The year 2011 is so far a BIG one for Bjarke Ingels Group (BIG), with no less than four competition wins in as many months and their first project in the United States. Four of these new projects are discussed here; click the image thumbnails at bottom for side-by-side comparisons of the projects. The Mosque and Museum of Religious Harmony in Tirana, Albania is part of a "complete reconceptualization of Skanderberg Square." BIG won the competition for this cultural complex in early May. It is designed around the city's grid and the need to orient the Mosque towards Mecca. These important lines are downplayed in the way the three buildings torque themselves and cantilever over the plaza, creating an outdoor room that is inviting to those outside of Islam.
In early February BIG revealed their design for the Greenland National Gallery of Art, in a competition they won with TNT Nuuk + Ramboll Nuuk + Arkitekti. A number of strands run through BIG's oeuvre, one being the mountain-like forms they use for many large projects, and another being the loop, realized in the Danish Pavilion at the Shanghai Expo last year. Here the museum is a circle that is dropped onto the site, deforming itself to follow the sloping site between the town of Nuuk and the coastline. Glass walls focus the gallery spaces into the courtyard, and the slope allows views over the building towards the water. The architects assert that the design will aid in "developing the Greenlandic national identity through art and culture."
It is through improvisation and adaptation to unanticipated obstacles that we make our biggest breakthroughs. The friction of reality is our insurance against architectural inbreeding. -Bjarke Ingels, from "Yes Is More: An Archicomic on Architectural Evolution"Near the end of March BIG + Grontmij + Spacescape were announced as the winning team for the Stockholmsporten master plan competition for "an inviting new entrance portal into Stockholm at the intersection of a newly planned super-juntion." It is easily one of the strangest projects in recent years: above the junction is "a reflective, hovering sphere mirroring Stockholm as it is, new and old." There's certainly more to the master plan than this orb (a crater-like valley is created in the effort to mitigate the surrounding neighborhoods from traffic noise), but the PVC- and photovoltaic-covered object is also envisioned as a source of wind power and solar energy, not just reflected views. Super-sized M.C. Escher.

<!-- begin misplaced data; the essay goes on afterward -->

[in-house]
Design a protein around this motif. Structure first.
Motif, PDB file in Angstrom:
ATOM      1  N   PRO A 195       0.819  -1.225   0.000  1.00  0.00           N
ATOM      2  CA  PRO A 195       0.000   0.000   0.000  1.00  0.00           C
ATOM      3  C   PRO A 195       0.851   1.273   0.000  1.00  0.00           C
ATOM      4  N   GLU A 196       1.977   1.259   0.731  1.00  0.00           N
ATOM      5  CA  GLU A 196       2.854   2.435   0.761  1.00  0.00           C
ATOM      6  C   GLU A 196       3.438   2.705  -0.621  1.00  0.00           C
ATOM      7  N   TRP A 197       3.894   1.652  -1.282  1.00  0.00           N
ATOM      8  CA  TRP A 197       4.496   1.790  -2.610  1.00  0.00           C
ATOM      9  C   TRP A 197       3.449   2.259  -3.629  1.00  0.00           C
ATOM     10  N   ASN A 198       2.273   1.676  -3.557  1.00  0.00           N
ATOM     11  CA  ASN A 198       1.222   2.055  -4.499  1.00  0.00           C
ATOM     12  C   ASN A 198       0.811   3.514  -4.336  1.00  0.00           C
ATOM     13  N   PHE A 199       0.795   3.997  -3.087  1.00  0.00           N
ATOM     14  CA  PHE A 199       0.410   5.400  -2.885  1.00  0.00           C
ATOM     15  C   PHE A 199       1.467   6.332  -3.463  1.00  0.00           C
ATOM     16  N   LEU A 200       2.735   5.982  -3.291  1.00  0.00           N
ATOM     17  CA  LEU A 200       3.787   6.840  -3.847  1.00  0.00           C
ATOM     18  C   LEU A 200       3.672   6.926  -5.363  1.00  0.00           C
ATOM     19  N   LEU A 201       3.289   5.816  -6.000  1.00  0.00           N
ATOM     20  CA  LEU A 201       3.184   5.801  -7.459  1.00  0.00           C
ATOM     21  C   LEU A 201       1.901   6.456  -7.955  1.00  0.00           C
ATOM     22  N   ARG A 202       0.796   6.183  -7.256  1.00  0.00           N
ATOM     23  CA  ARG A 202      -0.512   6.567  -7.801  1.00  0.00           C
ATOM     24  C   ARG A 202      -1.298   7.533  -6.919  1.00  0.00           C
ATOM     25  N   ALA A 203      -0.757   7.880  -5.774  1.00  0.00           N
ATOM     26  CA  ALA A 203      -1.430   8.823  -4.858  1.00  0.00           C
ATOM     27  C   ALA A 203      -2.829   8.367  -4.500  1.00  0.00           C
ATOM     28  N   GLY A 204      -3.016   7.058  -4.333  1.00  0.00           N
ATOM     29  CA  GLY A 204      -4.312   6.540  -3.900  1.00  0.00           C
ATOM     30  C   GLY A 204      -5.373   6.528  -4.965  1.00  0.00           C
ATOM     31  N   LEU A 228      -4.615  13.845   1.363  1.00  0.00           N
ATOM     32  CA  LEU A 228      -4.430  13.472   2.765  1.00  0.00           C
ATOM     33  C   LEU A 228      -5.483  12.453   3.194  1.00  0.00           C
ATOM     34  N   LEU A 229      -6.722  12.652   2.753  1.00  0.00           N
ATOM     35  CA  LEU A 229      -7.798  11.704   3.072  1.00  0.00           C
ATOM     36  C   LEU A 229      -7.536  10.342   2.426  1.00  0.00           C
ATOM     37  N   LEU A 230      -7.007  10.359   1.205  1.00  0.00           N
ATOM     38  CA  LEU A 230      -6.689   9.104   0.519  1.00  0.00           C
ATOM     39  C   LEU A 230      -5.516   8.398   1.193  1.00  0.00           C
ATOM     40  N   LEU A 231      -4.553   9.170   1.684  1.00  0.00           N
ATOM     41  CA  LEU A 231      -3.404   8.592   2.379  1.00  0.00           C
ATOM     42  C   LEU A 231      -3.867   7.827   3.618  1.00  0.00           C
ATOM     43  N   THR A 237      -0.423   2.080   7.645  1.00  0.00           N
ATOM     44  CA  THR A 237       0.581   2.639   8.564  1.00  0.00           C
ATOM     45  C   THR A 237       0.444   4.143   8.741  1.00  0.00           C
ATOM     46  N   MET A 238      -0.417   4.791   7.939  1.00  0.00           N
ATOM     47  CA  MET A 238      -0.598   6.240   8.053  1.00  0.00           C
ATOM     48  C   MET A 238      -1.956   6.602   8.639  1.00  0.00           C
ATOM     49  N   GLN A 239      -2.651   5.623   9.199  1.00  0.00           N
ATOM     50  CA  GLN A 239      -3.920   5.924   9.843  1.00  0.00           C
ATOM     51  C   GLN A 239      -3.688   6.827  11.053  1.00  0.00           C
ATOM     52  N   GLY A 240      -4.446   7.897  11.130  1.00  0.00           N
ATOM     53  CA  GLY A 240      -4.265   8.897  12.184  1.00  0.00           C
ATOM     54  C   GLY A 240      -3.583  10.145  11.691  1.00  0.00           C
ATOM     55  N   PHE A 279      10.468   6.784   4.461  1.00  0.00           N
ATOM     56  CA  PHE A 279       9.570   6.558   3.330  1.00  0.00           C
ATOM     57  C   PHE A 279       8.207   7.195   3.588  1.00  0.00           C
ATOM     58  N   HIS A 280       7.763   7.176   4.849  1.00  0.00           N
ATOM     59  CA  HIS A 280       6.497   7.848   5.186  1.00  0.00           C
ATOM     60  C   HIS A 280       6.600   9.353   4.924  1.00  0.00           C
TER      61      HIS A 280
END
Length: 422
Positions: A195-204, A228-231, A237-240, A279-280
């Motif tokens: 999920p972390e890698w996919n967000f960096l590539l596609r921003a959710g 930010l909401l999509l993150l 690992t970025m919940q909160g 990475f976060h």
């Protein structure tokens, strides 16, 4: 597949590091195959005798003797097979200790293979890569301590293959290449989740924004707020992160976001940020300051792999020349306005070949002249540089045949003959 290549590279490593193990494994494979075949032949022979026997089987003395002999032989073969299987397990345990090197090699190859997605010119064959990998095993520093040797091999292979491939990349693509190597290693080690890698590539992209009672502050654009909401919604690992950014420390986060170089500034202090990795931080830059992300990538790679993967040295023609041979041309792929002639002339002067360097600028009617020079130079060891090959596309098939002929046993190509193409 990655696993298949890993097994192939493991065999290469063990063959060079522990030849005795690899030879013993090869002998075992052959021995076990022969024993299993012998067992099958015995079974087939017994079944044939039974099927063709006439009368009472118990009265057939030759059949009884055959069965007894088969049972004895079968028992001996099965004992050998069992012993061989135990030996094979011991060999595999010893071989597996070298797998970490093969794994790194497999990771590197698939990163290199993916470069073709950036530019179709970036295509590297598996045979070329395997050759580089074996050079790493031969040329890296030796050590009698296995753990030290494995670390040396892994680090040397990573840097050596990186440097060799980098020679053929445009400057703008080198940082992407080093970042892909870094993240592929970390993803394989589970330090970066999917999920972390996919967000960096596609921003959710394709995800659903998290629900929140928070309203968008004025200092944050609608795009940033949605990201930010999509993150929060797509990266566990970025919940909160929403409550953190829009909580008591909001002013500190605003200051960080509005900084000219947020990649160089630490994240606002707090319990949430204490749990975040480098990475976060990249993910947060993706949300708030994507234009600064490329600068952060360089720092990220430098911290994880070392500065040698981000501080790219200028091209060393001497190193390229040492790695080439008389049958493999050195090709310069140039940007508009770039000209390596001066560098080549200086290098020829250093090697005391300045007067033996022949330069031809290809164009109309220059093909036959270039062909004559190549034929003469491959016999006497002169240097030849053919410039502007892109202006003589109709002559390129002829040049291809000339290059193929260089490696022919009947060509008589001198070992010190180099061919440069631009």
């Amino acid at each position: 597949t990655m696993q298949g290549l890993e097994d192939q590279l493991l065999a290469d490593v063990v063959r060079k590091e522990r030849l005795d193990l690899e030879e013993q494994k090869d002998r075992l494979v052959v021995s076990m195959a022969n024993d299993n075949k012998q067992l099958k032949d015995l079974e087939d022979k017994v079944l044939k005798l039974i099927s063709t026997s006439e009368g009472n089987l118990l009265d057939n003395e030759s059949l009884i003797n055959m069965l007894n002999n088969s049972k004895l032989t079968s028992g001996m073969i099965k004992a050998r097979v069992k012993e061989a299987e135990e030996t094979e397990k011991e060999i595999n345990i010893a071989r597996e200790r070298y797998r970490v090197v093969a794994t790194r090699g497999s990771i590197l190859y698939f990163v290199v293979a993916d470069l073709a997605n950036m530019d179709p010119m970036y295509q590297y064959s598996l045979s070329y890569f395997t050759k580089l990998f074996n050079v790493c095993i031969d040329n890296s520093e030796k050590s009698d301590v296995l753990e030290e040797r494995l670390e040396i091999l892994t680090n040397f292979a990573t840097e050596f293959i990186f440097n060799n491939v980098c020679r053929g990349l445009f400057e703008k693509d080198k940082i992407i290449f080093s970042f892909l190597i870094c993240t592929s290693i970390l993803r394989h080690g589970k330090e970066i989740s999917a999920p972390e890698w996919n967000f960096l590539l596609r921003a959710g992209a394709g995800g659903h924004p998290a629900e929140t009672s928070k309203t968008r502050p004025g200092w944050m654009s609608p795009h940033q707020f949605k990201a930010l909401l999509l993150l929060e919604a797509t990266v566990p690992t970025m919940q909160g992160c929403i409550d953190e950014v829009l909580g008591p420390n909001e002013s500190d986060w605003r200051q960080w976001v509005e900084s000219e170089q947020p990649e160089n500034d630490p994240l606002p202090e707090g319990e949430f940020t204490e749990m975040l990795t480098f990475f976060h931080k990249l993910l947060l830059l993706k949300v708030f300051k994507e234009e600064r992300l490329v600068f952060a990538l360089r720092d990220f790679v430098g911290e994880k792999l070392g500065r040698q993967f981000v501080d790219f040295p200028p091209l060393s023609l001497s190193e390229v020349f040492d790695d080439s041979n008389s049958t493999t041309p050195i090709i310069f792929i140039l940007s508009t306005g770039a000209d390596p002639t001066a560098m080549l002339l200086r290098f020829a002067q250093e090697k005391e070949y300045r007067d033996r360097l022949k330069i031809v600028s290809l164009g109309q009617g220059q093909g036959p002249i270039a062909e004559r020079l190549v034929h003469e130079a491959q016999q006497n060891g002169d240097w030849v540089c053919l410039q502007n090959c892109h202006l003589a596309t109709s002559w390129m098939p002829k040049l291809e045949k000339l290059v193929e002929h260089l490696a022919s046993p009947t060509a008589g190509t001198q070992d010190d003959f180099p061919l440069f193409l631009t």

Lastly, in early February BIG's first US project, for Durst Fetner Residential, was unveiled. W57 is a project with more than 600 residential units on West 57th Street near the Hudson River. It is a hybrid of courtyard and tower typologies, a ziggurat-like form that captures the sun's rays from the southwest over Hudson River Park. The project gave a jolt of excitement at a time when multi-family residential projects are on the wane and when many are uninspiring. Similar praise could be levied at the other projects, especially the master plan competition outside Stockholm. Each project illustrates a strong combination of imagination, context, and program. More projects should follow in the BIG pipeline this year, but I'm curious to see these four move towards construction and completion.